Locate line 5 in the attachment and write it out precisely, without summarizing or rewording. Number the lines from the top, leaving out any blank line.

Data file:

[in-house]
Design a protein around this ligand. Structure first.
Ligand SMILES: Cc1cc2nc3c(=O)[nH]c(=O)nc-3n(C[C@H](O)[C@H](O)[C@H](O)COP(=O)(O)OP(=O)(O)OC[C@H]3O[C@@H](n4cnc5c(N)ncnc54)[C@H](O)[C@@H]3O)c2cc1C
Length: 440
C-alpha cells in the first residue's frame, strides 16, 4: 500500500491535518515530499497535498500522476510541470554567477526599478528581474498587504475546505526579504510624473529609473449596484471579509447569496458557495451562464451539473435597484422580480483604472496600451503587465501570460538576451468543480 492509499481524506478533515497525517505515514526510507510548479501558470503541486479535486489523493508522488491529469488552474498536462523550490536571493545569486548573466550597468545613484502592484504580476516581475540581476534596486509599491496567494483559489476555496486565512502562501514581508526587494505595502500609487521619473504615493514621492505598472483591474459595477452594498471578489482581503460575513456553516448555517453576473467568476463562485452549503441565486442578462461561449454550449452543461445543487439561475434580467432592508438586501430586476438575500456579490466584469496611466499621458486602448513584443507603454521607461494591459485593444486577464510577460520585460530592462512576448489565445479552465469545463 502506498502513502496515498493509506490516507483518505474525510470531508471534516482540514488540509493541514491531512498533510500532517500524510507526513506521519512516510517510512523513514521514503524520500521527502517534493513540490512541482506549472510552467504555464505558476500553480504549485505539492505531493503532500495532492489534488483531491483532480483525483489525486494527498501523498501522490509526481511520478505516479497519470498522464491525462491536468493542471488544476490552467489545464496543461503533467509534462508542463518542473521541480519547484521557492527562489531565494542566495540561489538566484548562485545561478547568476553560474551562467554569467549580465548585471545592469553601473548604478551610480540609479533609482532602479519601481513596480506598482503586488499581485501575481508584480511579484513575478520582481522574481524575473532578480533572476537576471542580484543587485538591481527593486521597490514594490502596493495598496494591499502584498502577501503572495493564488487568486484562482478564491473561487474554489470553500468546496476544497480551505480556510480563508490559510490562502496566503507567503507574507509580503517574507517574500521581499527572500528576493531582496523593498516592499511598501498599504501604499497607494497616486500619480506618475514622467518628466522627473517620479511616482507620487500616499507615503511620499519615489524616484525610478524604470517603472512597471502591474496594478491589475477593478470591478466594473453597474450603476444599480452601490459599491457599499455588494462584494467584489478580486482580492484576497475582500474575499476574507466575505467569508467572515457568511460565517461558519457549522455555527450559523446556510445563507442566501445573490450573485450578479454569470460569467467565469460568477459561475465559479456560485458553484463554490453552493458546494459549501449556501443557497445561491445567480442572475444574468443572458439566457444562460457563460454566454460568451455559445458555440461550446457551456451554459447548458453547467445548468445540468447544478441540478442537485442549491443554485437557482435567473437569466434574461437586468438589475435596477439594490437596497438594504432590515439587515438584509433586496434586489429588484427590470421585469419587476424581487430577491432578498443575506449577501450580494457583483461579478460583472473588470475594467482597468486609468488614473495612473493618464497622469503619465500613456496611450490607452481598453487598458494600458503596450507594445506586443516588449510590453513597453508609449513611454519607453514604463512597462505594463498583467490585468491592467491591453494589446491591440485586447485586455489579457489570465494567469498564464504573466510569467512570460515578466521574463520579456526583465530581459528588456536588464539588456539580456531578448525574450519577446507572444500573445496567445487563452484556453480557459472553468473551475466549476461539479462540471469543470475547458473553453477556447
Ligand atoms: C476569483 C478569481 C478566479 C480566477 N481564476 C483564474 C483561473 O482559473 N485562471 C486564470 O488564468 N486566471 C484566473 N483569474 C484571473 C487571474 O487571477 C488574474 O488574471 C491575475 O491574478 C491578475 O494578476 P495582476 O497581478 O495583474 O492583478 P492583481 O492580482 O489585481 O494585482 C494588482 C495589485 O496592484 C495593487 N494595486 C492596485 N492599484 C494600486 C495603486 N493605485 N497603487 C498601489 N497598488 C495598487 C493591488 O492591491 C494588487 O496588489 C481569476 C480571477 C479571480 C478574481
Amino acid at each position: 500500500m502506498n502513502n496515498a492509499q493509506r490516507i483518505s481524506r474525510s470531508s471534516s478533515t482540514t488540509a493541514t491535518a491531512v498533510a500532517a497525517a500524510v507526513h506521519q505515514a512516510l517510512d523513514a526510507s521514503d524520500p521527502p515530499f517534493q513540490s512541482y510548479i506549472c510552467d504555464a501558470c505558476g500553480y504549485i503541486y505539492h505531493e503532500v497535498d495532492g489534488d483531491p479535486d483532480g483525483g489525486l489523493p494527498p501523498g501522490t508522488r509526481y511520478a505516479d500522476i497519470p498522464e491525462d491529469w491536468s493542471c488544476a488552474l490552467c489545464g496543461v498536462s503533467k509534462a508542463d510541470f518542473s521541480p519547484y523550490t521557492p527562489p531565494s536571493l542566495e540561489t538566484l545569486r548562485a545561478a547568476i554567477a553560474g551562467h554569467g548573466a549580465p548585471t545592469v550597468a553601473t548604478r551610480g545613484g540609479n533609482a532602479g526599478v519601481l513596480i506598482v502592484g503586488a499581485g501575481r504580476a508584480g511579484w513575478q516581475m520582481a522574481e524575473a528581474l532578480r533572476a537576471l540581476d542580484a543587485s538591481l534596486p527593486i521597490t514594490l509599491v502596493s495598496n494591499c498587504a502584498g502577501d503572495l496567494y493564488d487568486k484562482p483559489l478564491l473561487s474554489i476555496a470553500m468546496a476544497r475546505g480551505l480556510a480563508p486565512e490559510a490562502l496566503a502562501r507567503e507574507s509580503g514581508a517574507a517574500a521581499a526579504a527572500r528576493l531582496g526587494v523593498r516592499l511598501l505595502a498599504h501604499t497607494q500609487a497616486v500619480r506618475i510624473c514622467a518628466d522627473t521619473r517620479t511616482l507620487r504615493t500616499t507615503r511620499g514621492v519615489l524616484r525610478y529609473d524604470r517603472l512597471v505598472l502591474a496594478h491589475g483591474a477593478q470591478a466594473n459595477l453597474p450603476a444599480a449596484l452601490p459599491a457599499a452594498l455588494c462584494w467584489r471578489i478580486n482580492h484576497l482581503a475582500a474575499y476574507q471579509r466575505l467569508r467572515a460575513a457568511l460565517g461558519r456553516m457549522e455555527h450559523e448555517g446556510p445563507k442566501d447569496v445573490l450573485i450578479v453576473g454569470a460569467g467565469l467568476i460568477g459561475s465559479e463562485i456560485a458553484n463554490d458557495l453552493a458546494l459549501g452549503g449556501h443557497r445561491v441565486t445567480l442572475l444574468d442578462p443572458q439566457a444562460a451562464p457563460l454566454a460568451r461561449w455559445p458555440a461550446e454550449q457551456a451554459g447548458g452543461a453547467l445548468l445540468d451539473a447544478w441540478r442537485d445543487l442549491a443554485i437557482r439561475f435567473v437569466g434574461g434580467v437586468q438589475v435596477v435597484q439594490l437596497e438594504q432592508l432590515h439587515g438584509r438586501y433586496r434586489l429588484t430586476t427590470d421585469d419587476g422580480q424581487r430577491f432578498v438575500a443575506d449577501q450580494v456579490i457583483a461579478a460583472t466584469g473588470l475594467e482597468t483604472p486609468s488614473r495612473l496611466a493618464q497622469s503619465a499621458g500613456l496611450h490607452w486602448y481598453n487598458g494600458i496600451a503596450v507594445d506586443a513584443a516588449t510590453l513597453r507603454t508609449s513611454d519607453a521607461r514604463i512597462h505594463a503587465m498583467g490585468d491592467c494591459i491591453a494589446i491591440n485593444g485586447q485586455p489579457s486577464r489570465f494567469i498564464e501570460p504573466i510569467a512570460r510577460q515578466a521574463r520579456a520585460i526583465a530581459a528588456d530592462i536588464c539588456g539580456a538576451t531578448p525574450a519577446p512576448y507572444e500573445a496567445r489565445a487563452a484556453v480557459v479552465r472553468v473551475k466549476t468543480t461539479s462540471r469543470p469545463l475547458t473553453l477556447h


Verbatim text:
C-alpha cells in the first residue's frame, strides 16, 4: 500500500491535518515530499497535498500522476510541470554567477526599478528581474498587504475546505526579504510624473529609473449596484471579509447569496458557495451562464451539473435597484422580480483604472496600451503587465501570460538576451468543480 492509499481524506478533515497525517505515514526510507510548479501558470503541486479535486489523493508522488491529469488552474498536462523550490536571493545569486548573466550597468545613484502592484504580476516581475540581476534596486509599491496567494483559489476555496486565512502562501514581508526587494505595502500609487521619473504615493514621492505598472483591474459595477452594498471578489482581503460575513456553516448555517453576473467568476463562485452549503441565486442578462461561449454550449452543461445543487439561475434580467432592508438586501430586476438575500456579490466584469496611466499621458486602448513584443507603454521607461494591459485593444486577464510577460520585460530592462512576448489565445479552465469545463 502506498502513502496515498493509506490516507483518505474525510470531508471534516482540514488540509493541514491531512498533510500532517500524510507526513506521519512516510517510512523513514521514503524520500521527502517534493513540490512541482506549472510552467504555464505558476500553480504549485505539492505531493503532500495532492489534488483531491483532480483525483489525486494527498501523498501522490509526481511520478505516479497519470498522464491525462491536468493542471488544476490552467489545464496543461503533467509534462508542463518542473521541480519547484521557492527562489531565494542566495540561489538566484548562485545561478547568476553560474551562467554569467549580465548585471545592469553601473548604478551610480540609479533609482532602479519601481513596480506598482503586488499581485501575481508584480511579484513575478520582481522574481524575473532578480533572476537576471542580484543587485538591481527593486521597490514594490502596493495598496494591499502584498502577501503572495493564488487568486484562482478564491473561487474554489470553500468546496476544497480551505480556510480563508490559510490562502496566503507567503507574507509580503517574507517574500521581499527572500528576493531582496523593498516592499511598501498599504501604499497607494497616486500619480506618475514622467518628466522627473517620479511616482507620487500616499507615503511620499519615489524616484525610478524604470517603472512597471502591474496594478491589475477593478470591478466594473453597474450603476444599480452601490459599491457599499455588494462584494467584489478580486482580492484576497475582500474575499476574507466575505467569508467572515457568511460565517461558519457549522455555527450559523446556510445563507442566501445573490450573485450578479454569470460569467467565469460568477459561475465559479456560485458553484463554490453552493458546494459549501449556501443557497445561491445567480442572475444574468443572458439566457444562460457563460454566454460568451455559445458555440461550446457551456451554459447548458453547467445548468445540468447544478441540478442537485442549491443554485437557482435567473437569466434574461437586468438589475435596477439594490437596497438594504432590515439587515438584509433586496434586489429588484427590470421585469419587476424581487430577491432578498443575506449577501450580494457583483461579478460583472473588470475594467482597468486609468488614473495612473493618464497622469503619465500613456496611450490607452481598453487598458494600458503596450507594445506586443516588449510590453513597453508609449513611454519607453514604463512597462505594463498583467490585468491592467491591453494589446491591440485586447485586455489579457489570465494567469498564464504573466510569467512570460515578466521574463520579456526583465530581459528588456536588464539588456539580456531578448525574450519577446507572444500573445496567445487563452484556453480557459472553468473551475466549476461539479462540471469543470475547458473553453477556447